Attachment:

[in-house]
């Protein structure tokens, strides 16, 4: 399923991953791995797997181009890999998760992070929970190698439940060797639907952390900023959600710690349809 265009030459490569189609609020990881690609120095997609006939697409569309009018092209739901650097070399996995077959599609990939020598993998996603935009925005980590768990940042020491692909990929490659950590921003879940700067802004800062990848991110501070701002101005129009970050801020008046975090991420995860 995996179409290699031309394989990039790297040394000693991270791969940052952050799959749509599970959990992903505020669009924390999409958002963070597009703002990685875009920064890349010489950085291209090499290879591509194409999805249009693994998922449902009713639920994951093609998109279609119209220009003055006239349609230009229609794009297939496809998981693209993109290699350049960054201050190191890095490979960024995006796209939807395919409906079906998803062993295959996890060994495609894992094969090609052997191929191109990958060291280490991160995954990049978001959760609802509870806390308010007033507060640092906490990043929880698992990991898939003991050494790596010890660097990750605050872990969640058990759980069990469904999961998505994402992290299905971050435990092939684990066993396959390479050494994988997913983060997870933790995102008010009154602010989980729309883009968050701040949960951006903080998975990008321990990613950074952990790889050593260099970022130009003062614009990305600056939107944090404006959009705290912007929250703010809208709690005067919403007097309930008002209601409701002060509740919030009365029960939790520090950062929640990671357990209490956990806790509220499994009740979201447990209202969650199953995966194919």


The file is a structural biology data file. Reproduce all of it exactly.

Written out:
[in-house]
């Protein structure tokens, strides 16, 4: 399923991953791995797997181009890999998760992070929970190698439940060797639907952390900023959600710690349809 265009030459490569189609609020990881690609120095997609006939697409569309009018092209739901650097070399996995077959599609990939020598993998996603935009925005980590768990940042020491692909990929490659950590921003879940700067802004800062990848991110501070701002101005129009970050801020008046975090991420995860 995996179409290699031309394989990039790297040394000693991270791969940052952050799959749509599970959990992903505020669009924390999409958002963070597009703002990685875009920064890349010489950085291209090499290879591509194409999805249009693994998922449902009713639920994951093609998109279609119209220009003055006239349609230009229609794009297939496809998981693209993109290699350049960054201050190191890095490979960024995006796209939807395919409906079906998803062993295959996890060994495609894992094969090609052997191929191109990958060291280490991160995954990049978001959760609802509870806390308010007033507060640092906490990043929880698992990991898939003991050494790596010890660097990750605050872990969640058990759980069990469904999961998505994402992290299905971050435990092939684990066993396959390479050494994988997913983060997870933790995102008010009154602010989980729309883009968050701040949960951006903080998975990008321990990613950074952990790889050593260099970022130009003062614009990305600056939107944090404006959009705290912007929250703010809208709690005067919403007097309930008002209601409701002060509740919030009365029960939790520090950062929640990671357990209490956990806790509220499994009740979201447990209202969650199953995966194919």